Happy Valentine’s Day! A Roman oyster recipe

The Romans seem to have been very fond of oysters. In Britain, we find large numbers of oyster shells on Roman sites, particularly on temples. This is interesting as shellfish seems to have been avoided as a foodstuff in Britain after the Mesolithic. The presence of oyster shells, then, on sites in the Roman period represents a big change in tastes and food rules.

Apicius (9.VI) gives us a recipe for oyster sauce.

in ostreis: piper ligusticum oui uitellum acetum liquamen oleum et uinum. Si uolueris et mel addes.

 Sauce for oysters: pepper, lovage, egg yolk, vinegar, liquamen, oil and wine. You can also add honey if you like.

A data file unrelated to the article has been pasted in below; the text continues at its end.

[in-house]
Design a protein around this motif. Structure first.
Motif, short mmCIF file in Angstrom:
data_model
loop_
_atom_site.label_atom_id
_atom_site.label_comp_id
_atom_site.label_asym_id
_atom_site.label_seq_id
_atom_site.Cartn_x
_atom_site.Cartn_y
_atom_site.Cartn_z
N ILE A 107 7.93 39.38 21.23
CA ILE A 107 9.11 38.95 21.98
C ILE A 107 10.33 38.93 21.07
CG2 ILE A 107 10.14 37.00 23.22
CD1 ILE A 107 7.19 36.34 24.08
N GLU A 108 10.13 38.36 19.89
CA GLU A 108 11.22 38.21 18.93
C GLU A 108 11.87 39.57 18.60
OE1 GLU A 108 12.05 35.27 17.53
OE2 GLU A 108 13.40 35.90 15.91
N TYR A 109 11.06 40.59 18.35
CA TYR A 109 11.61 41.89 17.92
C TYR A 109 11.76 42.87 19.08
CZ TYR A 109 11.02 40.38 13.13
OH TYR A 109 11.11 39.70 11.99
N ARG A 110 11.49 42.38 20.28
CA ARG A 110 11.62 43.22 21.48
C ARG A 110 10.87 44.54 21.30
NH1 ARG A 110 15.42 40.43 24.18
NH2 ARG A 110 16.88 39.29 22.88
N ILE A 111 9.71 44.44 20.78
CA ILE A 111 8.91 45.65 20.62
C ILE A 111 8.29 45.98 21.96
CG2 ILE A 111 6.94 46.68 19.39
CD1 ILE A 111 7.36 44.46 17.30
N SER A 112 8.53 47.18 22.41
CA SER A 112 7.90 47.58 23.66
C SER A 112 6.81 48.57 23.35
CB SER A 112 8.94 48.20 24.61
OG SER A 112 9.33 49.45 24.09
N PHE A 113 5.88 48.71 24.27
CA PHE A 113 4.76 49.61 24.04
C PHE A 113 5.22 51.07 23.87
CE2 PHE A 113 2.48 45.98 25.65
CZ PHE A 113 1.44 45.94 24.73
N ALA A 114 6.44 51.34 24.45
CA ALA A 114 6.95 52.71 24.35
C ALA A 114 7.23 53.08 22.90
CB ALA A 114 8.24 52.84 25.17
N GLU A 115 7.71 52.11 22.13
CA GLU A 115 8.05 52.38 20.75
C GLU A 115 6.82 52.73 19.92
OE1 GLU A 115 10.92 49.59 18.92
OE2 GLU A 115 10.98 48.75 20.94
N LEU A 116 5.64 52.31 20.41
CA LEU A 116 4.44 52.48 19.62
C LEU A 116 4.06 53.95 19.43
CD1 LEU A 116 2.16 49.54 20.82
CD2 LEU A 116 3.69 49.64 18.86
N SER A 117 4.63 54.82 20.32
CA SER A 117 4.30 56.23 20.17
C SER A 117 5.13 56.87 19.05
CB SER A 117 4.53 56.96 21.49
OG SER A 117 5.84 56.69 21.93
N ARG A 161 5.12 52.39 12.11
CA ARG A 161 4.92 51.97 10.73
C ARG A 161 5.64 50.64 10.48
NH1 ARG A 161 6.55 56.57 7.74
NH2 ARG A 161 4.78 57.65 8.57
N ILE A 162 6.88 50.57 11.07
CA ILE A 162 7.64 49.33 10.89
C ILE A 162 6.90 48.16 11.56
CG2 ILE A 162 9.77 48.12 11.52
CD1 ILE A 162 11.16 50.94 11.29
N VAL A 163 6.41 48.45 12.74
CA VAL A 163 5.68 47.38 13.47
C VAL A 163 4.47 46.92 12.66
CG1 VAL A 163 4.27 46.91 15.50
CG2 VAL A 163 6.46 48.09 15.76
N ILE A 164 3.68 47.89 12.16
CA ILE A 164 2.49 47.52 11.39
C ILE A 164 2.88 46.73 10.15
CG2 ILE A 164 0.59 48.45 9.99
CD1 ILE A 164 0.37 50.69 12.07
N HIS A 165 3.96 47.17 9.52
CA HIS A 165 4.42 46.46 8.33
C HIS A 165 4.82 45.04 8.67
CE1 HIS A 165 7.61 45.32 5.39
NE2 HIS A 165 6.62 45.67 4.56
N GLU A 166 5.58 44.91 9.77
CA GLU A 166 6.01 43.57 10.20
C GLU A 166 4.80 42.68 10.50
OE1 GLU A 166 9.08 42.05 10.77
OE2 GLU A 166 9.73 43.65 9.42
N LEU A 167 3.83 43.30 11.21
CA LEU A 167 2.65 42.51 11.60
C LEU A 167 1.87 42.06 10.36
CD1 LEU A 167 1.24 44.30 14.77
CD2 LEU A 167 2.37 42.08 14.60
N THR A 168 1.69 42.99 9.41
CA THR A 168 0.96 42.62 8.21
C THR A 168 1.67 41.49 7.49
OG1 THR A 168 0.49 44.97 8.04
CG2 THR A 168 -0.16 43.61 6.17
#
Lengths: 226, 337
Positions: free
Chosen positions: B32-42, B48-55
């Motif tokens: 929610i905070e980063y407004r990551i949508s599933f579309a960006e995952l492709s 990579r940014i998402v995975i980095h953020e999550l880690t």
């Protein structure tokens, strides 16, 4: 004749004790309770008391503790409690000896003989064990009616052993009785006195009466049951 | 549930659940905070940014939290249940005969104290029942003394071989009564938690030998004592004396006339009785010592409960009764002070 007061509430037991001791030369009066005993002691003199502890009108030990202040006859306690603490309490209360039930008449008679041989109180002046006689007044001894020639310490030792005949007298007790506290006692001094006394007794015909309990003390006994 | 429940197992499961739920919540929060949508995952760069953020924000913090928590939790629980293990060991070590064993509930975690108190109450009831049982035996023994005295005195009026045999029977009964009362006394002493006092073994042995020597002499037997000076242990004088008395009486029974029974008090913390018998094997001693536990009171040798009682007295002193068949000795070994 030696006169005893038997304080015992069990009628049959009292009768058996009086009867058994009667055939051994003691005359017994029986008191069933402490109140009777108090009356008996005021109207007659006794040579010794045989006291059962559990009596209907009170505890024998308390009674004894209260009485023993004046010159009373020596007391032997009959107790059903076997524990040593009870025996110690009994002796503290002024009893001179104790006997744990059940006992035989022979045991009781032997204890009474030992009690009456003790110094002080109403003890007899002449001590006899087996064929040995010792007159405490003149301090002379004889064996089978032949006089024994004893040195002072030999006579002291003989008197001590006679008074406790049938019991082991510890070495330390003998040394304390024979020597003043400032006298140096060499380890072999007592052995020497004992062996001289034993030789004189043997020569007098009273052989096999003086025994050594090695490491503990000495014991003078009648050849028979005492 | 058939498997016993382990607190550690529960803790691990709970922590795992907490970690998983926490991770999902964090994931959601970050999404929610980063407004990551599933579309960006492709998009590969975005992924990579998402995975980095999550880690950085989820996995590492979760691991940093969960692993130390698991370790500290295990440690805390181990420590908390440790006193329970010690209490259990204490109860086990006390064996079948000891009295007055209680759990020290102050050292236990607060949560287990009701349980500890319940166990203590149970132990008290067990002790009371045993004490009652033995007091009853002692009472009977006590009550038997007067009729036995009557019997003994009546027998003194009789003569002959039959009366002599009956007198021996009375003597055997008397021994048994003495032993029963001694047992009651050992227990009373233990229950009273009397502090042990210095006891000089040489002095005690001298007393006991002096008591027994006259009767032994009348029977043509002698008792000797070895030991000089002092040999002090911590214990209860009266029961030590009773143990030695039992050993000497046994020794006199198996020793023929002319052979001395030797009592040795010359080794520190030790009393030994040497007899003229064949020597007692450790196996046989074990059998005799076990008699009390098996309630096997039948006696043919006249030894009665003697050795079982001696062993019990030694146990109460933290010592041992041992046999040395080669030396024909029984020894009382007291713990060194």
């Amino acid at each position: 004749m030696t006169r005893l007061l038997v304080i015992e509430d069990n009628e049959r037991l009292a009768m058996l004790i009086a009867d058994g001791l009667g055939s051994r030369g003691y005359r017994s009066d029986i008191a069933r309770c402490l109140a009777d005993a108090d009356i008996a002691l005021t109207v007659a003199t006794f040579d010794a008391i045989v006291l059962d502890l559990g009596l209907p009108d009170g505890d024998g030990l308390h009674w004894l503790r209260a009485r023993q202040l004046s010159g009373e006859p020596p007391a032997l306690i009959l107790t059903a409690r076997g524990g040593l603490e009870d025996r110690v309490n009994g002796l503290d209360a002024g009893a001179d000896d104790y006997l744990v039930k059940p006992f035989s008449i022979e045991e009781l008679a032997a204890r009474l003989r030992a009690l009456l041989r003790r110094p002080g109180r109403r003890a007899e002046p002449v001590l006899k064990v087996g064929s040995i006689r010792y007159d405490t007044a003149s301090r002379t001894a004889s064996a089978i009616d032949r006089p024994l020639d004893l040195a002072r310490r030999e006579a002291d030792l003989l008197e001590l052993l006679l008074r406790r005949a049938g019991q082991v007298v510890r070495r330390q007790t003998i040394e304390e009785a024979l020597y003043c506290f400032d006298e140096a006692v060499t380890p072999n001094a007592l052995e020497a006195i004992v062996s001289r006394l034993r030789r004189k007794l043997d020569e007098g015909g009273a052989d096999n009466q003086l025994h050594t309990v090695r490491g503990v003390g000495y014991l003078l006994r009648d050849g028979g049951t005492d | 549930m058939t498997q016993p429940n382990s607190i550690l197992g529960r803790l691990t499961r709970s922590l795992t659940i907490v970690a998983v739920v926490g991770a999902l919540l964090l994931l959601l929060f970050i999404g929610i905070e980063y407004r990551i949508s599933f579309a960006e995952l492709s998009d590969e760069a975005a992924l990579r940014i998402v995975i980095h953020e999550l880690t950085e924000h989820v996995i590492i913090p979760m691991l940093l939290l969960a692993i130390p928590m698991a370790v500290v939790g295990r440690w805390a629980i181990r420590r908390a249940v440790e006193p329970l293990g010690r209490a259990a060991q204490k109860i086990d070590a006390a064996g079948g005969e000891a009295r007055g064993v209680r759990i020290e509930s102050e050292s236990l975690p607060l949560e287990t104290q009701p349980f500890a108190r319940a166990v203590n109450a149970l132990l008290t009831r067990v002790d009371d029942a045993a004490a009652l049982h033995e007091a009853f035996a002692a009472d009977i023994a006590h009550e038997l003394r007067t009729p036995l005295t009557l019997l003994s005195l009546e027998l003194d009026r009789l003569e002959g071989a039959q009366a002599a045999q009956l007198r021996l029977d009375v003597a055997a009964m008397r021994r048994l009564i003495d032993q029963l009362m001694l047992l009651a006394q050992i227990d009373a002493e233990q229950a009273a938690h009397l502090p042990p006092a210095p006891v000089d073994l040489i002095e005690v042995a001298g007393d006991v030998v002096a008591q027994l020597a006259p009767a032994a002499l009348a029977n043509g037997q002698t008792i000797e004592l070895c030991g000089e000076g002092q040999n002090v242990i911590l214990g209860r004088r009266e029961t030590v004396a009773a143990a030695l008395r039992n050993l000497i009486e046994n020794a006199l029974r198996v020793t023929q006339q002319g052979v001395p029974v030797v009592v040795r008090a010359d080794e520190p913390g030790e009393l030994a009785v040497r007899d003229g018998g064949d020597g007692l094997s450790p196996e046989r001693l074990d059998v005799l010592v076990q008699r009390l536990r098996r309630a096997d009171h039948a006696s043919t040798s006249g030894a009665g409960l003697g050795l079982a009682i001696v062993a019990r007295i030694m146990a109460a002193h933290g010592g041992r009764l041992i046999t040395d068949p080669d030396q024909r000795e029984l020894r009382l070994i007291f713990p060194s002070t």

Oyster shells and a mussel shell from Roman Cirencester (courtesy of Corinium Museum).

Oyster shells and a mussel shell from Roman Cirencester (courtesy of Corinium Museum).

If you want to make this yourself, buy fresh oysters and open them as close to the time of eating as possible. The oysters can be served raw, or baked in their shell (we think the Romans preferred to bake theirs).


Fresh oysters

Pinch of ground black pepper

Pinch of lovage seeds (celery seeds will do, if you can’t find lovage)

2 egg yolks

1 tbsp white wine vinegar

1 tbsp Thai fish sauce

1tbsp olive oil

1 tbsp white wine

1 tbsp honey (optional)


To make the sauce, mix a pinch of pepper and lovage with egg yolks. Then add the vinegar a drop at a time, as if making a mayonnaise. Finally, add in the olive oil and white wine, so that you get a smooth sauce. Season with the Thai fish sauce, to taste. Add in the honey, if you want a sweeter sauce. Serve immediately.

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